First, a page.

Caligula

[kuh-lig-yuh-luh]
noun
(Gaius Caesar) a.d. 12–41, emperor of Rome 37–41.
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World English Dictionary
Caligula (kəˈlɪɡjʊlə)
 
n
original name Gaius Caesar, son of Germanicus. 12--41 ad, Roman emperor (37--41), noted for his cruelty and tyranny; assassinated

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Etymonline
Word Origin & History

Caligula
cognomen of the third Roman emperor (12 C.E.-41 C.E.), born Gaius Caesar. The nickname is lit. "little boot," given when he joined his father on military campaigns when still a toddler, in full, child-sized military gear; dim. of caliga "heavy military shoe," which some related to calx "heel, tread,"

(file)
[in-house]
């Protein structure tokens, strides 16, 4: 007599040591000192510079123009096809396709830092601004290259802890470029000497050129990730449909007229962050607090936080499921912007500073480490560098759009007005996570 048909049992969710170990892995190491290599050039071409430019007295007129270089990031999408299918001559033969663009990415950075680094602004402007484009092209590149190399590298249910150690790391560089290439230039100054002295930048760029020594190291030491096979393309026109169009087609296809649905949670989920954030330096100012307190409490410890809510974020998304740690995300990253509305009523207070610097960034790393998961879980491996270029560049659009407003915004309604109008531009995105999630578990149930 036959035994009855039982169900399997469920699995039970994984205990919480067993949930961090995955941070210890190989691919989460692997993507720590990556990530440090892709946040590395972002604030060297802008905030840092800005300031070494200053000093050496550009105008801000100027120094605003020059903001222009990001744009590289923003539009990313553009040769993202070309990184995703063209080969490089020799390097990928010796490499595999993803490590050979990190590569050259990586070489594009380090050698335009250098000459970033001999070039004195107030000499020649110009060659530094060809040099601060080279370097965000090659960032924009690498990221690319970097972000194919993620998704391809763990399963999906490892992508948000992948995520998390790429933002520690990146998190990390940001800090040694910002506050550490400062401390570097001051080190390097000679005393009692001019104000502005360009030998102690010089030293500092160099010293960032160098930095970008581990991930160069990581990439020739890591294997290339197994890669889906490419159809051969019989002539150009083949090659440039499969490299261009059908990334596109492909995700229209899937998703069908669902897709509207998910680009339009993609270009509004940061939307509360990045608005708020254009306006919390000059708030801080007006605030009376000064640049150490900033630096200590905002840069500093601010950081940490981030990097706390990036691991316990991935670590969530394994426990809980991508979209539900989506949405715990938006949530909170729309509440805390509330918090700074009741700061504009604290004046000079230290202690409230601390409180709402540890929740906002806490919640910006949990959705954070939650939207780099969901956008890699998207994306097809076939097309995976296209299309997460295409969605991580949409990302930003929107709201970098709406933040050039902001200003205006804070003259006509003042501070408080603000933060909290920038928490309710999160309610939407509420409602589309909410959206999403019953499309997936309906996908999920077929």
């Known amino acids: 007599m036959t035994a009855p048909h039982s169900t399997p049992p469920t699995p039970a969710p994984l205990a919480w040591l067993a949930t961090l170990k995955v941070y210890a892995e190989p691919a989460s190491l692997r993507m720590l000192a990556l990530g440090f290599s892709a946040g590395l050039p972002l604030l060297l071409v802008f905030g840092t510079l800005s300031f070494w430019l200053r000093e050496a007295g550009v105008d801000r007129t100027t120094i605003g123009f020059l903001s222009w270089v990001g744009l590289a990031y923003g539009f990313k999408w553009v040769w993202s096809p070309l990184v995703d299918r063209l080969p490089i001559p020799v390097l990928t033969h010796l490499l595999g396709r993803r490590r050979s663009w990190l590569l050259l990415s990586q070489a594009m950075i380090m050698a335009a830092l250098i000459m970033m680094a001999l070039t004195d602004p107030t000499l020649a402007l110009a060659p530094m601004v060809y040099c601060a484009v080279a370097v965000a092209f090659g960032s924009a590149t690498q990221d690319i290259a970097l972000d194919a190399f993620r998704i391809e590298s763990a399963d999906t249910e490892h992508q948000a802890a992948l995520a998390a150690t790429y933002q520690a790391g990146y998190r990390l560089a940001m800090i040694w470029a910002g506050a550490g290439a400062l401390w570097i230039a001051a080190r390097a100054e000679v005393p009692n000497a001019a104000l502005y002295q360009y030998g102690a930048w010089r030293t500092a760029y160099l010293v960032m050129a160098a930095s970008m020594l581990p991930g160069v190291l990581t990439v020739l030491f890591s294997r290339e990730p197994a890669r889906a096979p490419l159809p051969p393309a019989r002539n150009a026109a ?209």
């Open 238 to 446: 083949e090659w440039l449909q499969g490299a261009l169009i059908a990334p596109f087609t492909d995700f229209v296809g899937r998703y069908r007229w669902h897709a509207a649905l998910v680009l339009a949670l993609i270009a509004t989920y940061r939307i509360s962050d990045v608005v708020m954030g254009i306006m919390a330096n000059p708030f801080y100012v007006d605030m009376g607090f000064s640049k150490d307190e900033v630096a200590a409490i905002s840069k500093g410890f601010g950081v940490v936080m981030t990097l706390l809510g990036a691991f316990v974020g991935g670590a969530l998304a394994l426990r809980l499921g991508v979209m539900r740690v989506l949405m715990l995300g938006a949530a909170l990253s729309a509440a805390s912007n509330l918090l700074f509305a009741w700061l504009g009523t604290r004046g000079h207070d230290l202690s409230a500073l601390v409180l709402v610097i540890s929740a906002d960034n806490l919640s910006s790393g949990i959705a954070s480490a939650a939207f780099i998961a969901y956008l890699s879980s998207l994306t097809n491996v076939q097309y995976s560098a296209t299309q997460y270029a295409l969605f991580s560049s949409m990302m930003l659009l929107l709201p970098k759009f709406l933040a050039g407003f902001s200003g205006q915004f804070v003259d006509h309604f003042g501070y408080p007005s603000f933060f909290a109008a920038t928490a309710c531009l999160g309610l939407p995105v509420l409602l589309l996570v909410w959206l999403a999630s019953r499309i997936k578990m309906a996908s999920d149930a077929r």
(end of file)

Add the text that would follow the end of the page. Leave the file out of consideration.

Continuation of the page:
and others to a root meaning "to wrap, bind."
Online Etymology Dictionary, © 2010 Douglas Harper
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American Heritage
Cultural Dictionary
Caligula [(kuh-lig-yuh-luh)]

A cruel and insane ruler of the Roman Empire in the first century a.d.; one of the twelve Caesars. To humiliate the senators of Rome, he appointed his horse to the senate.

The American Heritage® New Dictionary of Cultural Literacy, Third Edition
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